All this on a hill, perfect for a nice stroll. Also, some well-placed benches, perfect for reading. You may notice a pleasant, distant overview of Seattle’s somewhat droll southeast region. But cares may not happen, as the enveloping surrounding nature and peacefulness will be all the matters for the restful mind.

I was here twice last week, with business nearby. First on Sunday, during the bright sunny weather. And then again on Friday, after some rain and heavy winds. The place was beautiful, but on two different frequencies. In between, a transformation happened.

I took pics on both visits. Below are some raw, unedited pics from my outdated cellphone.The first set is from my afternoon visit on Sunday evening, March 31, 2013. The weather was warm, sunny. The blossoms are near full, amazing:

cellphone photo by Orion Tippens cellphone photo by Orion Tippens cellphone photo by Orion Tippens cellphone photo by Orion Tippens cellphone photo by Orion Tippens
photo by Orion Tippens

The next set is from my visit after some rain and wind, the following Friday. The weather is now cold, wind and cloudy above. What was in the sky, is on the ground. Imagine, with each gust of new wind, blossoms fluttering to the ground. I imagine much of Japan like this, but on a grand scale. Someday, I hope to set foot in that far land of the Rising Sun. But for now, Seattle will do:

cellphone photo by Orion Tippens cellphone photo by Orion Tippens cellphone photo by Orion Tippens cellphone photo by Orion Tippens cellphone photo by Orion Tippens cellphone photo by Orion Tippens cellphone photo by Orion Tippens

That’s all for now.


photo by Orion Tippens

I read something not long ago..

on some online message board,

probably Reddit,

a proposal for a day without electronics..

to be free from the Internet, digital technology, multimedia interfaces, etc.

for just one day.


like Earth Day.

except we keep our lights on, but our screens off

for the whole day.

What a wonderful idea, I thought.

Let’s do that.


(unless work or emergency)

the addictions,

to fake worlds, social networking, information overload, excessive clicking,

Let’s make that day,

once every week.

How about today?


It’s perfect.

Go outside.

Talk to people

in person

Browse some thrift stores

Go to that park.

Throw a rock in a lake.

Be active.

You can go back to your computers tomorrow,

on Sunday,

the better day to waste.

Roger Ebert, thank you.

Roger Ebert (extract) by Roger Ebert

Roger Ebert, the greatest movie critic of our times, passed away yesterday, April 4, 2013. He died of cancer at 70, just days after announcing his retirement from the movie review business. I have much to say on his legacy, so here goes..

What made Roger Ebert so great? Was that being his long time dedication since 1967, to reviewing movies? Or perhaps his fuzzy personality and witty descript? Or perhaps his open-mindedness to see nearly every big-screen movie no matter how mundane, stupid, or childish? Or perhaps his willingness to speak his own mind without fear on subjects including: video games (not art?), and politics (progressive liberal), or the act of creative writing..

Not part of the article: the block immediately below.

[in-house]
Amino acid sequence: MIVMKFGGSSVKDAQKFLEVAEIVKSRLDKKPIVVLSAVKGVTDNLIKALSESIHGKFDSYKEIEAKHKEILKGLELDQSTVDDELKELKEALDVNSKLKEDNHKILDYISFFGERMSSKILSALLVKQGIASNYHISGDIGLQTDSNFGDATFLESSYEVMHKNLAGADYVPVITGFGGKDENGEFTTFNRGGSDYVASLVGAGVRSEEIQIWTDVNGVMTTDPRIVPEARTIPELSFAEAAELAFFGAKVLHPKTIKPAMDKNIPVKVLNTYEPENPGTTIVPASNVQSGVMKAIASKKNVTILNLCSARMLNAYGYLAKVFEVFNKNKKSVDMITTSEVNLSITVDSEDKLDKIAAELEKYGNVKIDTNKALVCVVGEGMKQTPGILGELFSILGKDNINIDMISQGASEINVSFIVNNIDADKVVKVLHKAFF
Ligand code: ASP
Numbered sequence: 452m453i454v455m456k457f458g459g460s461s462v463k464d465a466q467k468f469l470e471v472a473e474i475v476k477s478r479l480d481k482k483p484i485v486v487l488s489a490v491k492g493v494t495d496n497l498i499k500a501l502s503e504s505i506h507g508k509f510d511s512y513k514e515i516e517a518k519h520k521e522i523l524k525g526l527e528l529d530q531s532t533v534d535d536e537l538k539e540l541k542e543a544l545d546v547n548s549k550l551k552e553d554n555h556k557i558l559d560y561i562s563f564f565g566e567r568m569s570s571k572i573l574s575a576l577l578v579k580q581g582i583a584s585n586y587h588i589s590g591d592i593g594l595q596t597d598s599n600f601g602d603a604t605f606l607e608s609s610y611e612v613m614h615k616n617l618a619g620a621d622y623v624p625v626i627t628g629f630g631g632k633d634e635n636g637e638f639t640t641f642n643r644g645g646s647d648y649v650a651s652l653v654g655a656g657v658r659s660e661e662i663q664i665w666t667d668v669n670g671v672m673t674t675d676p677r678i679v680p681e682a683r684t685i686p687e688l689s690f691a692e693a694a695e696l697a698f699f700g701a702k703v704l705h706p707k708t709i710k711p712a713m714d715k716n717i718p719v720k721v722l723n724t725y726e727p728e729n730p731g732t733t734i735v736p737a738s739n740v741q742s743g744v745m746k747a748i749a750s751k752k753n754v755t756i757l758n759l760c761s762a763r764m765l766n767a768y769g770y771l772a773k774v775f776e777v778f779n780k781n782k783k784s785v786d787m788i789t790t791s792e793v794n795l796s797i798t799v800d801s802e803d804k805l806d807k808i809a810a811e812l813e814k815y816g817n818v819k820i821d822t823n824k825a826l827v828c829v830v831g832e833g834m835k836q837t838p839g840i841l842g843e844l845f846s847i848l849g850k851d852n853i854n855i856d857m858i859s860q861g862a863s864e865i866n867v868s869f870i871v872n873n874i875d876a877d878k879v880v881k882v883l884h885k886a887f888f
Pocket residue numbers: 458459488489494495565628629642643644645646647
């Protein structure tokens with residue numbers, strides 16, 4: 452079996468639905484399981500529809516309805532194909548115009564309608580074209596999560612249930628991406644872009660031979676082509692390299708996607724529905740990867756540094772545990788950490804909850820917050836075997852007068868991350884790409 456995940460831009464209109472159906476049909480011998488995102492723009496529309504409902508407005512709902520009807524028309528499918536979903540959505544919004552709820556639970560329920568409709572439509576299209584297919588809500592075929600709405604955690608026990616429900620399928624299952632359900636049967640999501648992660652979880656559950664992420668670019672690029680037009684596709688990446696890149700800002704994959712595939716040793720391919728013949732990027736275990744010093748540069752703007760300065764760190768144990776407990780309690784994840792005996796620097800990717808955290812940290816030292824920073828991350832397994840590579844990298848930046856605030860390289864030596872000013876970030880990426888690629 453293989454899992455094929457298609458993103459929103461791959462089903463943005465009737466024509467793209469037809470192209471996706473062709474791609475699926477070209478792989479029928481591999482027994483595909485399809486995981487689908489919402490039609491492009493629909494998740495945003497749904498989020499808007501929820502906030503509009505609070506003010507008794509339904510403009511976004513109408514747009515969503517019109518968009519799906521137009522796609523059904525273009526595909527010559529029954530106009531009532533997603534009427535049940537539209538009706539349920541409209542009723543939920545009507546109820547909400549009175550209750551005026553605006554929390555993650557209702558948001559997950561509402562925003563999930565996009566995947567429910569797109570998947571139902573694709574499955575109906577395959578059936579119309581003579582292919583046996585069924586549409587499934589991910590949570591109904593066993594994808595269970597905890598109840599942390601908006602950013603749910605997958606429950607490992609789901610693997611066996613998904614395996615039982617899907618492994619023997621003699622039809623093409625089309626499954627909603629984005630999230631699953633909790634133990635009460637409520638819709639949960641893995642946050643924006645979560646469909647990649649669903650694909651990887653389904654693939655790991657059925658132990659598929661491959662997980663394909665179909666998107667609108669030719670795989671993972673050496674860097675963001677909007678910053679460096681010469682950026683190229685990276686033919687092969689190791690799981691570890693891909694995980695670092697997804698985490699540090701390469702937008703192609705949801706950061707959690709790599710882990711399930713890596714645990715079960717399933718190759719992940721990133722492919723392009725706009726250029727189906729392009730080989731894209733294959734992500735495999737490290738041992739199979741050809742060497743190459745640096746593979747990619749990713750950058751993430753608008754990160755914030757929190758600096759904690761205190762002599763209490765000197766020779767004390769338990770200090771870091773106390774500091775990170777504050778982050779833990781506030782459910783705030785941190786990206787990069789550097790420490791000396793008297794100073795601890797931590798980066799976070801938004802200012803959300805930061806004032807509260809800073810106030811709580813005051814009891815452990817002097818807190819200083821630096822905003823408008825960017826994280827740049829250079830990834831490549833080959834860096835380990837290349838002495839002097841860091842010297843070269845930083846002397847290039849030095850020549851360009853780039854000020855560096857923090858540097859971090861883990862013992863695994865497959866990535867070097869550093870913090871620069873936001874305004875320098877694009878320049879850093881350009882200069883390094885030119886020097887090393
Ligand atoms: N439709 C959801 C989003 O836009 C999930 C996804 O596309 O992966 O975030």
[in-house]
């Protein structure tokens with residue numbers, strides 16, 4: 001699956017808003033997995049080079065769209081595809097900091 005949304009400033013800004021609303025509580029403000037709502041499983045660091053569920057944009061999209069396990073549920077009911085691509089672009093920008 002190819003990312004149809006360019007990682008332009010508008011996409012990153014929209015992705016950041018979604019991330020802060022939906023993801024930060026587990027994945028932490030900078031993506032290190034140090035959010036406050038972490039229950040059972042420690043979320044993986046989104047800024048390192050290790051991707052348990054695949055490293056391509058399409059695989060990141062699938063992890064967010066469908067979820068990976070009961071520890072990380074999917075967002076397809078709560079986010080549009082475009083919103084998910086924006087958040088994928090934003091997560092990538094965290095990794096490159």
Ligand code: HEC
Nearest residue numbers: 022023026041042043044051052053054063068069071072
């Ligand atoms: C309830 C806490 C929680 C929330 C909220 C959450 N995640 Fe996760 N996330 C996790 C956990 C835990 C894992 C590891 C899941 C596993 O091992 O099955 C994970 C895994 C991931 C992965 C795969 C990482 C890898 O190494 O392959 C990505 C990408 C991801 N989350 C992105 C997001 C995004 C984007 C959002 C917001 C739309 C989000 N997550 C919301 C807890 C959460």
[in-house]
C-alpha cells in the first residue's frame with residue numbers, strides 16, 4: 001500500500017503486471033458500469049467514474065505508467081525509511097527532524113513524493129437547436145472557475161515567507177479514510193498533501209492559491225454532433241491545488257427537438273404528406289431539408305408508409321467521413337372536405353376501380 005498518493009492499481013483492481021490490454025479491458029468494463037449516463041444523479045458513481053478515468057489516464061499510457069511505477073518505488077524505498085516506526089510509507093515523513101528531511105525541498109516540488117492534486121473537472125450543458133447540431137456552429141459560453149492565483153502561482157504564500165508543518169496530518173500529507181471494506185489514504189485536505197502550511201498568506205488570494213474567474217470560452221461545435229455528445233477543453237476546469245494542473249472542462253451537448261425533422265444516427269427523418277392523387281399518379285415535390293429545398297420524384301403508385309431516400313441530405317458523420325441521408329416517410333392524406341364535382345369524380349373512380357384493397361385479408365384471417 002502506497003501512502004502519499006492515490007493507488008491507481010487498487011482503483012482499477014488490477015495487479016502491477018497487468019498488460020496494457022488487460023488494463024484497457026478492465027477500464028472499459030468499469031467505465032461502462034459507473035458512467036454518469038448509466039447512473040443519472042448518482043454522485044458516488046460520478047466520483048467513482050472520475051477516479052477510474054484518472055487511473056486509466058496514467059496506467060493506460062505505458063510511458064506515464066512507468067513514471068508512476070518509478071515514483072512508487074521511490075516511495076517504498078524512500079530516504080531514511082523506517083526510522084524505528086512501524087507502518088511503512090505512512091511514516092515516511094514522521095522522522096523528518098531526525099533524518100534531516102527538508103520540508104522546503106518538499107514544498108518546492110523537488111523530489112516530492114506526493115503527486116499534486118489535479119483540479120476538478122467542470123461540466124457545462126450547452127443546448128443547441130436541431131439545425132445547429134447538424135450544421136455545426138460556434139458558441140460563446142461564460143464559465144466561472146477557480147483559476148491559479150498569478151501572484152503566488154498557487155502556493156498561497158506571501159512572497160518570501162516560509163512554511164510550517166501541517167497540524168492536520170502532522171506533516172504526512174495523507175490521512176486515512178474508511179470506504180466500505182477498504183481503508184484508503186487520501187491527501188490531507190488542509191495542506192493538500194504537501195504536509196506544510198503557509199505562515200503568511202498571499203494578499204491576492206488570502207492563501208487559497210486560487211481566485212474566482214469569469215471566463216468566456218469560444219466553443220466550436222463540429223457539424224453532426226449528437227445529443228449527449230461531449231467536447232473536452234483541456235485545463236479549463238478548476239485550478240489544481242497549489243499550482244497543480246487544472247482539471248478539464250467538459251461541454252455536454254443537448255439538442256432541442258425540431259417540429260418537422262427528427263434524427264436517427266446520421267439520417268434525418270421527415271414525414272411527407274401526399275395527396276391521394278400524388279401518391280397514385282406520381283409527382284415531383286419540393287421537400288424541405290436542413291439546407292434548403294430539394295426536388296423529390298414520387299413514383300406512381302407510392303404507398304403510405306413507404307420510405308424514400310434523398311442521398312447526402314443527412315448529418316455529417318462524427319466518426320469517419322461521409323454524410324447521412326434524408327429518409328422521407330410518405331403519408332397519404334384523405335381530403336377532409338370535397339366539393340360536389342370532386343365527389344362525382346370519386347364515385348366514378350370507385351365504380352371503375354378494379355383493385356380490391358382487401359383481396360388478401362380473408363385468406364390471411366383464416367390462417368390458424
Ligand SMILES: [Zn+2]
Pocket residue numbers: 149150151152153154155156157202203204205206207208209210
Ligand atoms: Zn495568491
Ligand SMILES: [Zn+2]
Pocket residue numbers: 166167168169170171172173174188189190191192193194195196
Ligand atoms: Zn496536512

“There is no such thing as waiting for inspiration……the Muse visits during the process of creation, not before.”

Overall, I think Ebert’s success is due from his ability to make each review personal. He does not consider what the current mob is saying or by identifying with the current Emmy snobbery . You read his reviews, and he makes his points by also reminding us of who he is. Sometimes, that could be a grumpy old man not quite connecting with a film’s target audience. My favorite example, being his review of Kick-Ass (2010):

“Will I seem hopelessly square if I find “Kick-Ass” morally reprehensible and will I appear to have missed the point? Let’s say you’re a big fan of the original comic book, and you think the movie does it justice. You know what? You inhabit a world I am so very not interested in.”

Ebert goes on in detail about why Kick-Ass reminded him of real life violence involving inner-city kids and its gratuitous shameless display of bloodletting (he is also not big on horror). I strongly disagree with his review on Kick-Ass, being that it’s just escapist fantasy and fun. However, I appreciated his understanding and willingness in the attempt to make a connection while sharing his personal thoughts on why the movie was bothering, affecting his review.

Then, there are reviews done that connected well with myself on the understanding of my own desires in new movies. Often, that calls for something different, creative and interesting. Also, we both seem to love intelligently written science fiction.

My recent memory and strong example is Ebert’s recent review on Cloud Atlas. This is a wonderful film, but not understood by many because of its odd and exhilarating editing style, switching often between six linked stories. Ebert said this in his review of Cloud Atlas (2012):

Even as I was watching “Cloud Atlas” the first time, I knew I would need to see it again. Now that I’ve seen it the second time, I know I’d like to see it a third time — but I no longer believe repeated viewings will solve anything. To borrow Churchill’s description of Russia, “it is a riddle, wrapped in a mystery, inside an enigma.” It fascinates in the moment. It’s getting from one moment to the next that is tricky.”